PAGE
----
Caricom’s call for a global summit to discuss equitable access and distribution of COVID-19 vaccines is timely and urgent. The best prospect for the eventual end of the pandemic is widespread availability of a safe and highly effective vaccine that provides long-term immunity. That requires a level of global co-operation that is not yet apparent.
There is a real risk, given the transmissibility of COVID-19 and the emergence of more infectious variants in recent weeks, that the pandemic could drag on for years before it is finally brought under control.
For Caricom member states and other developing countries around the world, there is concern about being unable to compete for equitable access to vaccines. As the regional grouping pointed out in a statement yesterday, all countries are vulnerable and should work together.
However, some countries already have priority access to vaccines through Advance Purchase Agreements (APAs) with manufacturers—legally binding contracts that allow some governments to secure a specific number of vaccine doses at a negotiated price.
For T&T and other countries in the region, the earliest that the vaccines may become available for frontline workers and vulnerable members of our populations is the first quarter of this year—and that is a very optimistic projection.
We are yet to get any firm word from our public health professionals on the arrival of vaccines, even as wealthier countries have obtained stockpiles of available vaccines and distribution has been underway since the end of 2020, albeit with varying levels of success.
Concerns have been increasing about possible inequities in the system because the United States, which accounts for a fifth of all COVID-19 cases globally, has reserved 800 million doses, while Japan, Australia and Canada collectively reserved more than one billion doses but do not account for even one per cent of cases globally.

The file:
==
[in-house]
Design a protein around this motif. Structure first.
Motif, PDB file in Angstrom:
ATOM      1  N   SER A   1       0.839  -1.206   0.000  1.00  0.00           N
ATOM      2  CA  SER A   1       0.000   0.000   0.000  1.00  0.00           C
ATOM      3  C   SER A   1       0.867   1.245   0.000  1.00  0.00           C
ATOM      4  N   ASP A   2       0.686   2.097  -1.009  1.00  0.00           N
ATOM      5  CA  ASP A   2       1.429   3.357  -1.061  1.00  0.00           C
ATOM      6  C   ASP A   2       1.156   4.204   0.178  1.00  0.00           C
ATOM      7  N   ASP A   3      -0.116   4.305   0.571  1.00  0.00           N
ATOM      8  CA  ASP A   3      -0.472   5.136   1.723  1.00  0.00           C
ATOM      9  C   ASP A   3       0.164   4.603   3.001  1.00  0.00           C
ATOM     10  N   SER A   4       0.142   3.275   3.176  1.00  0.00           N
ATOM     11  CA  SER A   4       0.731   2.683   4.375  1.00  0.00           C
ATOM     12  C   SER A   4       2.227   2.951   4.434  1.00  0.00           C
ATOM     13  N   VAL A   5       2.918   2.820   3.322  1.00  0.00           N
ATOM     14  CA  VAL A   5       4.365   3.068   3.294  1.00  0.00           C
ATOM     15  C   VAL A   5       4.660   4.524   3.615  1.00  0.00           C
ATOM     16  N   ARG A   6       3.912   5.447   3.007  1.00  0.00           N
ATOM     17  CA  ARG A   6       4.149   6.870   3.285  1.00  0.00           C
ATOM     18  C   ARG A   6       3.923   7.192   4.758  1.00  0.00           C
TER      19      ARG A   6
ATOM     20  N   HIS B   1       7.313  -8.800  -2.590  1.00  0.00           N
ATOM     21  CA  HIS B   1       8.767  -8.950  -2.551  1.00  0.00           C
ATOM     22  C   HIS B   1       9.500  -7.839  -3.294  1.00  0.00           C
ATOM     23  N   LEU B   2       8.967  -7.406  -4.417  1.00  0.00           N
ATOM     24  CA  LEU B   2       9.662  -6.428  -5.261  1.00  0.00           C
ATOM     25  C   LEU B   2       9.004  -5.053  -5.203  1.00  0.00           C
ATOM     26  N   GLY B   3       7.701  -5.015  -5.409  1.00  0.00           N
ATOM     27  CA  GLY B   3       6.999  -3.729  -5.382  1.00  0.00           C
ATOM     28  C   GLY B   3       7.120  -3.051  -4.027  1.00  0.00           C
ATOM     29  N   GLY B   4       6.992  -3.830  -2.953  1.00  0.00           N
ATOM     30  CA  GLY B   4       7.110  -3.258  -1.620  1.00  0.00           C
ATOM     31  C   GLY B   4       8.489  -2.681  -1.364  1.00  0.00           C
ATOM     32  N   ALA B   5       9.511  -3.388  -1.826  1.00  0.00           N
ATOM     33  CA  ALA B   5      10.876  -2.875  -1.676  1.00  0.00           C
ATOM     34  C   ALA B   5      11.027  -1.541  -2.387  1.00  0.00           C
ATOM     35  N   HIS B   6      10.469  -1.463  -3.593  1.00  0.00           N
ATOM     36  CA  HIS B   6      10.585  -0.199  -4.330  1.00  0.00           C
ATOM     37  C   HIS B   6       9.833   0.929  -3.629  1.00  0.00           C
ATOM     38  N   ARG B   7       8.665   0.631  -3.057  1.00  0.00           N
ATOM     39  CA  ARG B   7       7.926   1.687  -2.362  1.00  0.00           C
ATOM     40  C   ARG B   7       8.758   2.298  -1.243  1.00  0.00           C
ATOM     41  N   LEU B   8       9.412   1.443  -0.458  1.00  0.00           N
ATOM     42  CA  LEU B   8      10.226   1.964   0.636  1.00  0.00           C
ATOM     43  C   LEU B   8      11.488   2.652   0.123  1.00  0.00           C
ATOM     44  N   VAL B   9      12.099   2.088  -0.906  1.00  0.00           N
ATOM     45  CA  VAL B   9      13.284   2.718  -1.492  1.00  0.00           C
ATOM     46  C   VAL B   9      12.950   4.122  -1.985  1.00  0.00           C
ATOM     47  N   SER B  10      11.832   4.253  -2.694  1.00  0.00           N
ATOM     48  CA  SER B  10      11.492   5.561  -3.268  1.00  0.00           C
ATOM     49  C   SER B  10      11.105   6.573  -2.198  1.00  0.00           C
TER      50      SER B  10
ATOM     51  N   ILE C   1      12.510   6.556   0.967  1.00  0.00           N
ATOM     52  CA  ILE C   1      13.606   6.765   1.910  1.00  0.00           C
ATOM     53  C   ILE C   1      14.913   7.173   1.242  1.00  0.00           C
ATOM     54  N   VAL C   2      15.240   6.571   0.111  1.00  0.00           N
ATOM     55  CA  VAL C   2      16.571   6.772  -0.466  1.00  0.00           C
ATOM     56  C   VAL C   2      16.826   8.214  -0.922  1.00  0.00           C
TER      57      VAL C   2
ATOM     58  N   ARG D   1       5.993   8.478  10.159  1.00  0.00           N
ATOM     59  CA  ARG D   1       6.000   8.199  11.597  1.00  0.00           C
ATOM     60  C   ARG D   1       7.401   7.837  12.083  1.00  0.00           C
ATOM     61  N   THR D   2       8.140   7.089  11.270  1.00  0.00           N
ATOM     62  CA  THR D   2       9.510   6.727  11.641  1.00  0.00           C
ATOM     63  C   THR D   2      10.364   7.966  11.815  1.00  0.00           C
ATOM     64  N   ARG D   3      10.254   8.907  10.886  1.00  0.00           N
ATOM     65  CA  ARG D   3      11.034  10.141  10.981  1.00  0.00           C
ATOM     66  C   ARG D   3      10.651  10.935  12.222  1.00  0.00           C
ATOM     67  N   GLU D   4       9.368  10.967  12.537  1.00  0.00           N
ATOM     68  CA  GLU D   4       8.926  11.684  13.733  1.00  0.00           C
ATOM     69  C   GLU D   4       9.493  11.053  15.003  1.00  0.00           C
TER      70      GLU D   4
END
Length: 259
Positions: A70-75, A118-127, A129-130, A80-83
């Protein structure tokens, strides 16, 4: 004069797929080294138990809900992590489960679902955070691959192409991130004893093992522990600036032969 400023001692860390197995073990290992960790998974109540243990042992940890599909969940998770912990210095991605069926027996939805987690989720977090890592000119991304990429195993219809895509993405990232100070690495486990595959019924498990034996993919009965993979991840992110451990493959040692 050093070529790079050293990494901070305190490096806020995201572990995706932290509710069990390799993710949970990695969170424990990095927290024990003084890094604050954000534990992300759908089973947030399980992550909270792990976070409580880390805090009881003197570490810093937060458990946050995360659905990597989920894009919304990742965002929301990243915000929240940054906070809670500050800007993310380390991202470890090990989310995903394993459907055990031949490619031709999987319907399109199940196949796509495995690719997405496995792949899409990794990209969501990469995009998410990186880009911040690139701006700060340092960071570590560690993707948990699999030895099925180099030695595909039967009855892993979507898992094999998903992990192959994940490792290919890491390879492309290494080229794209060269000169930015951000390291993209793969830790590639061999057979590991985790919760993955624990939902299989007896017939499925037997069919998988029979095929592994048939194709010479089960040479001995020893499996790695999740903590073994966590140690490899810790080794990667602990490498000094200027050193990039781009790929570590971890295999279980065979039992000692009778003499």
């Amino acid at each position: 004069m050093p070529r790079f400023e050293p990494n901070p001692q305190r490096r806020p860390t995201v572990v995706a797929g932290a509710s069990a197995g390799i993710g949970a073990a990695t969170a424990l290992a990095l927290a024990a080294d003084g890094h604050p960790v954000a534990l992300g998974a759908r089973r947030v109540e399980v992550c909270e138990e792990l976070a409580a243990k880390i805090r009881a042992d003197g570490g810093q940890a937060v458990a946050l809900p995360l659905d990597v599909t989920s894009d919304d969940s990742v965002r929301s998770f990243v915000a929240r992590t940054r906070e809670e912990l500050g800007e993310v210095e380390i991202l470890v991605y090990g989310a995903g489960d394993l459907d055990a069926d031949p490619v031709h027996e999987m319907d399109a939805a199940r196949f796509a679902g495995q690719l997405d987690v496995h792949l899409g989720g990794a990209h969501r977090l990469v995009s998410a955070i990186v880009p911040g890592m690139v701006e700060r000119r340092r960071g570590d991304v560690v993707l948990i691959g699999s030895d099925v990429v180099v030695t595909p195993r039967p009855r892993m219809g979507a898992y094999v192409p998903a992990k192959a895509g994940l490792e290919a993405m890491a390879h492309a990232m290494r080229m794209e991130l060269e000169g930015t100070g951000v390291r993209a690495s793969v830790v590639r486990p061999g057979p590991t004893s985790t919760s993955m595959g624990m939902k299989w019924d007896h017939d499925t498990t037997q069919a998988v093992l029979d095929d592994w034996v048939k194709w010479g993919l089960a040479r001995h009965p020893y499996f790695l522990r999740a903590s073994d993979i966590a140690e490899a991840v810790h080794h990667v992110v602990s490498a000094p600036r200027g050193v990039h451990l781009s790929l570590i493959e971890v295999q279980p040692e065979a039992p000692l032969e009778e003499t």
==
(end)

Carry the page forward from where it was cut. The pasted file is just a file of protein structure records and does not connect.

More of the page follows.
On the other hand, T&T and the rest of Caricom, which have all signed on to the WHO’s COVAX system, are way down in the vaccine queue. COVAX seeks to guarantee that all countries are offered the doses they need to vaccinate 20 per cent of their population before other countries can increase coverage but the arrangement is yet to be tested.
So far, all that is known is that the Caribbean Public Health Agency (CARPHA) has secured downpayments for more than one million doses of the vaccines for Caribbean member states. Still, COVAX, which is aiming to produce more than two billion doses of vaccine by the end of this year, is the best chance for most people in the world to get protection from COVID-19 through immunization.
Wealthy governments have already locked in supplies from the Pfizer BioNTech partnership and Moderna but some public health experts are warning that without full global cooperation, low and middle-income countries may not get vaccines until 2022.
For a region already in the throes of pandemic fatigue, that means too many more painful months with the threat of COVID-19 to economies and regional health systems.
Equitable access to tests, treatments and vaccines is the best way to end the pandemic sooner rather than later. That is why Caricom’s call should be heeded.